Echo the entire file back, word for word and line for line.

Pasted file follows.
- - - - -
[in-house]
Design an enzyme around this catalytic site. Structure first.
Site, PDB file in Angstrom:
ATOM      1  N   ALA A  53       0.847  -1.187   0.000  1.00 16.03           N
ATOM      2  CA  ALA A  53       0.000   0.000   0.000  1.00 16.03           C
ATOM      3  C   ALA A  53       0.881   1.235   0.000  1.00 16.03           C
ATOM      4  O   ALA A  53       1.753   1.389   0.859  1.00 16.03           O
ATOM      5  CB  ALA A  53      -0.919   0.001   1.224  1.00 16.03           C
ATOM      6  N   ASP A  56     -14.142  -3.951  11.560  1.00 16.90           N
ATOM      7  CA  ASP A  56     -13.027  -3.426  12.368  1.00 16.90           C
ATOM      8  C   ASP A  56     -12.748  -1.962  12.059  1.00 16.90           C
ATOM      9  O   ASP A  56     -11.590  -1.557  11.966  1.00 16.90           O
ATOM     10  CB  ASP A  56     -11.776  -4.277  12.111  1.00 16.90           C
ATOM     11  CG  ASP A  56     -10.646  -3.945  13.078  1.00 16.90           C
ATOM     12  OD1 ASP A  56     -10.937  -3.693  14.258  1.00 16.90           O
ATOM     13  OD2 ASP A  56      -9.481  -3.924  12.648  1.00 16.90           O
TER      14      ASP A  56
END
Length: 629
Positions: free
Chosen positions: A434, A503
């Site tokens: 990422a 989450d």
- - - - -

[in-house]
Design an enzyme around this catalytic site. Structure first.
Site, PDB file in Angstrom:
ATOM      1  N   ALA A  53       0.847  -1.187   0.000  1.00 16.03           N
ATOM      2  CA  ALA A  53       0.000   0.000   0.000  1.00 16.03           C
ATOM      3  C   ALA A  53       0.881   1.235   0.000  1.00 16.03           C
ATOM      4  O   ALA A  53       1.753   1.389   0.859  1.00 16.03           O
ATOM      5  CB  ALA A  53      -0.919   0.001   1.224  1.00 16.03           C
ATOM      6  N   ASP A  56     -14.142  -3.951  11.560  1.00 16.90           N
ATOM      7  CA  ASP A  56     -13.027  -3.426  12.368  1.00 16.90           C
ATOM      8  C   ASP A  56     -12.748  -1.962  12.059  1.00 16.90           C
ATOM      9  O   ASP A  56     -11.590  -1.557  11.966  1.00 16.90           O
ATOM     10  CB  ASP A  56     -11.776  -4.277  12.111  1.00 16.90           C
ATOM     11  CG  ASP A  56     -10.646  -3.945  13.078  1.00 16.90           C
ATOM     12  OD1 ASP A  56     -10.937  -3.693  14.258  1.00 16.90           O
ATOM     13  OD2 ASP A  56      -9.481  -3.924  12.648  1.00 16.90           O
TER      14      ASP A  56
END
Length: 629
Positions: free
Chosen positions: A434, A503
């Site tokens: 990422a 989450d």